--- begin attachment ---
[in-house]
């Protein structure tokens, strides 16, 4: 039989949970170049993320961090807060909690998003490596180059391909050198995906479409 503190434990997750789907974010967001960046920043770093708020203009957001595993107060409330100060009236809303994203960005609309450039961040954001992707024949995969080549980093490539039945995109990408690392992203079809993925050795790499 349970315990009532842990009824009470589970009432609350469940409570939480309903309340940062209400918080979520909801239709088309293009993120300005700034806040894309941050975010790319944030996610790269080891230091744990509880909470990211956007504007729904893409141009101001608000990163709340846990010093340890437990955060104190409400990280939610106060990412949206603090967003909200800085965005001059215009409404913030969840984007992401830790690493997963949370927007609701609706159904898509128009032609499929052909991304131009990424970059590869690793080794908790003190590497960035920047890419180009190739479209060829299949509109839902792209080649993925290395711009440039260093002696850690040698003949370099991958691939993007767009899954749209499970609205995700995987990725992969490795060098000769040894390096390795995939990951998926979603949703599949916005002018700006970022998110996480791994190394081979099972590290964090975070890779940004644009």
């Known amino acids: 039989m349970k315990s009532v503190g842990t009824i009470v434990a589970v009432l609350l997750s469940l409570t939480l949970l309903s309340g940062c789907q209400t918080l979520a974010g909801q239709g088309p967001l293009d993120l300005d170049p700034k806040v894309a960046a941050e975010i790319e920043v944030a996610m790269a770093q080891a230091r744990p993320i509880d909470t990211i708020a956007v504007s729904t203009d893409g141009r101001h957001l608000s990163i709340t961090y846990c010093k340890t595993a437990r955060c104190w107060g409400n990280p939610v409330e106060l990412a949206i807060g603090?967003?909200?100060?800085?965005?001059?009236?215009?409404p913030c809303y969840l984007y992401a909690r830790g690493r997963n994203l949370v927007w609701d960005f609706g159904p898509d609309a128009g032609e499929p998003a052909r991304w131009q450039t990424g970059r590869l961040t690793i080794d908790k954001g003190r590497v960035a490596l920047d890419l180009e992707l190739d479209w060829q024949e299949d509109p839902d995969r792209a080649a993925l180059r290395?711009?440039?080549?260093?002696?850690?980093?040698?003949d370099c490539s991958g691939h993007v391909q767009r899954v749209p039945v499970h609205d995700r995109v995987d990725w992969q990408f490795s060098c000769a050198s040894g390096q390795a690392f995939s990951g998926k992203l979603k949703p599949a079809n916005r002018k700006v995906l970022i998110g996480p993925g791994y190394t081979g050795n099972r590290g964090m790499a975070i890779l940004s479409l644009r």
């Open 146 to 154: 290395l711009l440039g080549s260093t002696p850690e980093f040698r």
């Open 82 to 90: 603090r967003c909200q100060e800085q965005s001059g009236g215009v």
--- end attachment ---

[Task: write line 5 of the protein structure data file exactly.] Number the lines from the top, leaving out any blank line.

């Open 82 to 90: 603090r967003c909200q100060e800085q965005s001059g009236g215009v």